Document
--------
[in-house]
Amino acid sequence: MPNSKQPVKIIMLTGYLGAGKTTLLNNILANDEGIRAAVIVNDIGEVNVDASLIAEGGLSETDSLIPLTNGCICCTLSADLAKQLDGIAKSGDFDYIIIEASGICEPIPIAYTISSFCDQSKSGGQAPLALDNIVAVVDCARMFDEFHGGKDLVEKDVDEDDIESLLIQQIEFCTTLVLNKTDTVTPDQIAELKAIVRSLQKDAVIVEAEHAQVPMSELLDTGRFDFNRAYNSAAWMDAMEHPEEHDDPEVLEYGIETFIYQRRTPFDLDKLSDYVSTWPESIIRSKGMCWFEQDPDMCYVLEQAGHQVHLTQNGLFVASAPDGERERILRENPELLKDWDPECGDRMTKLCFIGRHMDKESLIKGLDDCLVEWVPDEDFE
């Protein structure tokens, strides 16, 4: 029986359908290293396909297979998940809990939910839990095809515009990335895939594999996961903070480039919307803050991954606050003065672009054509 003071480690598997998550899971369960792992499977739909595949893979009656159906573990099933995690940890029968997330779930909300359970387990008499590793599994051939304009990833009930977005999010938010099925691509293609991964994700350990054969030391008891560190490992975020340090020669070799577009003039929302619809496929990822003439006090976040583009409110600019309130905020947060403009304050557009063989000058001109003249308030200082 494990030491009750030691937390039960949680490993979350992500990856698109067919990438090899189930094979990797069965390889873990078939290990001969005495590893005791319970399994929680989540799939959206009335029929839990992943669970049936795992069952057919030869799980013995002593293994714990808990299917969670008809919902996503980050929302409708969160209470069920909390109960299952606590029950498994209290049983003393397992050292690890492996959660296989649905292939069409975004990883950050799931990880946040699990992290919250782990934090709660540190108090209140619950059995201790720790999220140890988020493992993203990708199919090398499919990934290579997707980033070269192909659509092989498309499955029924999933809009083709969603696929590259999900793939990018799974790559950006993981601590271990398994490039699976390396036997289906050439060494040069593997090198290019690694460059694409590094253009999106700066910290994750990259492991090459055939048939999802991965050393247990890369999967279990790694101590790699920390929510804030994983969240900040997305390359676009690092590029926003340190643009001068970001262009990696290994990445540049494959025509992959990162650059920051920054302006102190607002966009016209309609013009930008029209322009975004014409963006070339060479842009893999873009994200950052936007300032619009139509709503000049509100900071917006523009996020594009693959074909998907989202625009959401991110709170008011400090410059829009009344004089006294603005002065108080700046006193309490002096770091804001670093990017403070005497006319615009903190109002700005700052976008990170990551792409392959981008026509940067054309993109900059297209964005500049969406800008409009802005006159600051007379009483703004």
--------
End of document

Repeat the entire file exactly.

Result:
[in-house]
Amino acid sequence: MPNSKQPVKIIMLTGYLGAGKTTLLNNILANDEGIRAAVIVNDIGEVNVDASLIAEGGLSETDSLIPLTNGCICCTLSADLAKQLDGIAKSGDFDYIIIEASGICEPIPIAYTISSFCDQSKSGGQAPLALDNIVAVVDCARMFDEFHGGKDLVEKDVDEDDIESLLIQQIEFCTTLVLNKTDTVTPDQIAELKAIVRSLQKDAVIVEAEHAQVPMSELLDTGRFDFNRAYNSAAWMDAMEHPEEHDDPEVLEYGIETFIYQRRTPFDLDKLSDYVSTWPESIIRSKGMCWFEQDPDMCYVLEQAGHQVHLTQNGLFVASAPDGERERILRENPELLKDWDPECGDRMTKLCFIGRHMDKESLIKGLDDCLVEWVPDEDFE
């Protein structure tokens, strides 16, 4: 029986359908290293396909297979998940809990939910839990095809515009990335895939594999996961903070480039919307803050991954606050003065672009054509 003071480690598997998550899971369960792992499977739909595949893979009656159906573990099933995690940890029968997330779930909300359970387990008499590793599994051939304009990833009930977005999010938010099925691509293609991964994700350990054969030391008891560190490992975020340090020669070799577009003039929302619809496929990822003439006090976040583009409110600019309130905020947060403009304050557009063989000058001109003249308030200082 494990030491009750030691937390039960949680490993979350992500990856698109067919990438090899189930094979990797069965390889873990078939290990001969005495590893005791319970399994929680989540799939959206009335029929839990992943669970049936795992069952057919030869799980013995002593293994714990808990299917969670008809919902996503980050929302409708969160209470069920909390109960299952606590029950498994209290049983003393397992050292690890492996959660296989649905292939069409975004990883950050799931990880946040699990992290919250782990934090709660540190108090209140619950059995201790720790999220140890988020493992993203990708199919090398499919990934290579997707980033070269192909659509092989498309499955029924999933809009083709969603696929590259999900793939990018799974790559950006993981601590271990398994490039699976390396036997289906050439060494040069593997090198290019690694460059694409590094253009999106700066910290994750990259492991090459055939048939999802991965050393247990890369999967279990790694101590790699920390929510804030994983969240900040997305390359676009690092590029926003340190643009001068970001262009990696290994990445540049494959025509992959990162650059920051920054302006102190607002966009016209309609013009930008029209322009975004014409963006070339060479842009893999873009994200950052936007300032619009139509709503000049509100900071917006523009996020594009693959074909998907989202625009959401991110709170008011400090410059829009009344004089006294603005002065108080700046006193309490002096770091804001670093990017403070005497006319615009903190109002700005700052976008990170990551792409392959981008026509940067054309993109900059297209964005500049969406800008409009802005006159600051007379009483703004």